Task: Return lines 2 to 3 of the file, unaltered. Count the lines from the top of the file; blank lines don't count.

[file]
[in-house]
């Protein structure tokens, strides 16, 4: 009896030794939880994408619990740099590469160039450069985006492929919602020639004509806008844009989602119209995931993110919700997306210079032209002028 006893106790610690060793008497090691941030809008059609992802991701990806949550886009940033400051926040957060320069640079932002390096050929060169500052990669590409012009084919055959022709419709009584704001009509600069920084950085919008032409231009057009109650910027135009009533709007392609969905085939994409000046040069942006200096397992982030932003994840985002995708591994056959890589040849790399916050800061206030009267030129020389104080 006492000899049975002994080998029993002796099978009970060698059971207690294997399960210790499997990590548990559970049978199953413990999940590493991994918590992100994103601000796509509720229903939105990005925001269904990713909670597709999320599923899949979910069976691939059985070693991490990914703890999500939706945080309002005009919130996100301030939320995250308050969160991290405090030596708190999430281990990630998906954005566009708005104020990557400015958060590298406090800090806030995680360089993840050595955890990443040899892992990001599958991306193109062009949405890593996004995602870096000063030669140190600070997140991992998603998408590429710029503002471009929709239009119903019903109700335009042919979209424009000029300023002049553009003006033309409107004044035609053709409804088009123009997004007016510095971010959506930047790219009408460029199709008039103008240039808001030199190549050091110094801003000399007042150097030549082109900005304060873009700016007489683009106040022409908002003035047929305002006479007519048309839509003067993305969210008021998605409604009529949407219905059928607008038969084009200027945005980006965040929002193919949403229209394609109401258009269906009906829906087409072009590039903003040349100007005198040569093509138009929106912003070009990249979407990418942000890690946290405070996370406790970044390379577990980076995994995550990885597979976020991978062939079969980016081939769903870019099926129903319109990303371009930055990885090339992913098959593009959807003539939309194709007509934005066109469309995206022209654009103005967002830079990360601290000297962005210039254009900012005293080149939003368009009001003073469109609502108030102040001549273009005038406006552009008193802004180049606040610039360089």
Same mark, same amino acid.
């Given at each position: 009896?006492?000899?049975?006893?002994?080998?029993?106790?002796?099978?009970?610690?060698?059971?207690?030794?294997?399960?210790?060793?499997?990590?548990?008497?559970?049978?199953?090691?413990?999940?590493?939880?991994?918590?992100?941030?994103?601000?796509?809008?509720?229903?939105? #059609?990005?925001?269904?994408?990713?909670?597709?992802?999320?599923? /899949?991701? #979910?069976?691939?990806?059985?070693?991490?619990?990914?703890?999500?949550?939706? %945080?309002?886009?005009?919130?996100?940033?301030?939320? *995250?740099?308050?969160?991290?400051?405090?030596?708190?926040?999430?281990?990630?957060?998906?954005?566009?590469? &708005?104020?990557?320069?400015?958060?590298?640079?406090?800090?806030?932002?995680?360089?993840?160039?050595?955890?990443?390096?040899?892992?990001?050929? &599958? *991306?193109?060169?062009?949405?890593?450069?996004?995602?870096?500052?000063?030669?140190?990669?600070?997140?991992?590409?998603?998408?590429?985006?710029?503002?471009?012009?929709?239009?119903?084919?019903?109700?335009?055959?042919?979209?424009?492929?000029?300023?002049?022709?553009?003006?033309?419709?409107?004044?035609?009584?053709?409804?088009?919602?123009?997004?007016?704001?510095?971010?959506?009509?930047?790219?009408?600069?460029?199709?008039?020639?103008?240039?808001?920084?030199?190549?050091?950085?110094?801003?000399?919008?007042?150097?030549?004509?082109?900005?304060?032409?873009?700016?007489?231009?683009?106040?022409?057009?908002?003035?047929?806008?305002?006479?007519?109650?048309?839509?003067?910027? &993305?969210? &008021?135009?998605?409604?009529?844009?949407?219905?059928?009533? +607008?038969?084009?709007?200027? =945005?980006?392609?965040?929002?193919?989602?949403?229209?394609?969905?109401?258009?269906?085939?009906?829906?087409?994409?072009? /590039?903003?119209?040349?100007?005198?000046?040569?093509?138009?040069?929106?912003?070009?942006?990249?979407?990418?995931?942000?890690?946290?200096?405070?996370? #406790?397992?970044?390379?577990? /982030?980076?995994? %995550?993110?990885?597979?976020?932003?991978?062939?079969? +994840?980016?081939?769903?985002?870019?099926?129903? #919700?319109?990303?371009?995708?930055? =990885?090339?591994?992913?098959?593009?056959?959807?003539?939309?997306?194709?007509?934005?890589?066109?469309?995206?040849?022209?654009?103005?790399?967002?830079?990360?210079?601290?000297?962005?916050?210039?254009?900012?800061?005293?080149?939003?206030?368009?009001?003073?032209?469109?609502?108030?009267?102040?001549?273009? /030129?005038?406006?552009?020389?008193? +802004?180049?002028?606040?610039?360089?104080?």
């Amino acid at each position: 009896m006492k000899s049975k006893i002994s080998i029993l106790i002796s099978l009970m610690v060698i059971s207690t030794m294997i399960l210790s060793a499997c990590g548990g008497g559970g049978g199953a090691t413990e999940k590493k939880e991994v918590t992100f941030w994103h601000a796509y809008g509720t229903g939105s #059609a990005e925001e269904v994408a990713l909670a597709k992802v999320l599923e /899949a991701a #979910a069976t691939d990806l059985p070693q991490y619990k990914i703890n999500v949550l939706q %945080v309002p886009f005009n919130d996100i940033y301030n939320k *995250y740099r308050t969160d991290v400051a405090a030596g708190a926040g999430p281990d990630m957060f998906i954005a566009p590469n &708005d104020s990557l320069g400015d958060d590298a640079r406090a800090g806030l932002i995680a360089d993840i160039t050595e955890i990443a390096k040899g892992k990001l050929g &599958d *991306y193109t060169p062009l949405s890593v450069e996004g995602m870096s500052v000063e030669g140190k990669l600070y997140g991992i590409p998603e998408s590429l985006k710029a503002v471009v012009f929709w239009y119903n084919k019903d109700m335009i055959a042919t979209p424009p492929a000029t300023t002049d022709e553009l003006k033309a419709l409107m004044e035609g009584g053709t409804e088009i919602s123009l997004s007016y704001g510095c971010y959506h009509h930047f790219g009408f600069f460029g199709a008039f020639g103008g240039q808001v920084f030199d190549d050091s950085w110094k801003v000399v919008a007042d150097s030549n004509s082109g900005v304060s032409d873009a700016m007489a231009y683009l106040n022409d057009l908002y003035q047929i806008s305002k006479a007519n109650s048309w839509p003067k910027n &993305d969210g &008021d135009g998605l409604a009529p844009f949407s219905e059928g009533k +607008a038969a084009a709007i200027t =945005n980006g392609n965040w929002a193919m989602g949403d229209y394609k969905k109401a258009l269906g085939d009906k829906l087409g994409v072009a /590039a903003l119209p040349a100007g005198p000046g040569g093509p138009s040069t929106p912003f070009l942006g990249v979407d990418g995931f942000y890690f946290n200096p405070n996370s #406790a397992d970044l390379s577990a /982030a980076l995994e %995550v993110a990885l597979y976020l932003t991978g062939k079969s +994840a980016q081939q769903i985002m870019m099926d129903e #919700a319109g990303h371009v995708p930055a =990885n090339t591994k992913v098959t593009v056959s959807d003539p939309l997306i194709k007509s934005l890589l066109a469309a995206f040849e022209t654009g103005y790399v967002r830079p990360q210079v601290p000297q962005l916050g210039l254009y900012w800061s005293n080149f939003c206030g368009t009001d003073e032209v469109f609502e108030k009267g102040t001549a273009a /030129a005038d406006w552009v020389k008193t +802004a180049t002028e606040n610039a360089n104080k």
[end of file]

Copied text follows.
């Protein structure tokens, strides 16, 4: 009896030794939880994408619990740099590469160039450069985006492929919602020639004509806008844009989602119209995931993110919700997306210079032209002028 006893106790610690060793008497090691941030809008059609992802991701990806949550886009940033400051926040957060320069640079932002390096050929060169500052990669590409012009084919055959022709419709009584704001009509600069920084950085919008032409231009057009109650910027135009009533709007392609969905085939994409000046040069942006200096397992982030932003994840985002995708591994056959890589040849790399916050800061206030009267030129020389104080 006492000899049975002994080998029993002796099978009970060698059971207690294997399960210790499997990590548990559970049978199953413990999940590493991994918590992100994103601000796509509720229903939105990005925001269904990713909670597709999320599923899949979910069976691939059985070693991490990914703890999500939706945080309002005009919130996100301030939320995250308050969160991290405090030596708190999430281990990630998906954005566009708005104020990557400015958060590298406090800090806030995680360089993840050595955890990443040899892992990001599958991306193109062009949405890593996004995602870096000063030669140190600070997140991992998603998408590429710029503002471009929709239009119903019903109700335009042919979209424009000029300023002049553009003006033309409107004044035609053709409804088009123009997004007016510095971010959506930047790219009408460029199709008039103008240039808001030199190549050091110094801003000399007042150097030549082109900005304060873009700016007489683009106040022409908002003035047929305002006479007519048309839509003067993305969210008021998605409604009529949407219905059928607008038969084009200027945005980006965040929002193919949403229209394609109401258009269906009906829906087409072009590039903003040349100007005198040569093509138009929106912003070009990249979407990418942000890690946290405070996370406790970044390379577990980076995994995550990885597979976020991978062939079969980016081939769903870019099926129903319109990303371009930055990885090339992913098959593009959807003539939309194709007509934005066109469309995206022209654009103005967002830079990360601290000297962005210039254009900012005293080149939003368009009001003073469109609502108030102040001549273009005038406006552009008193802004180049606040610039360089």
Same mark, same amino acid.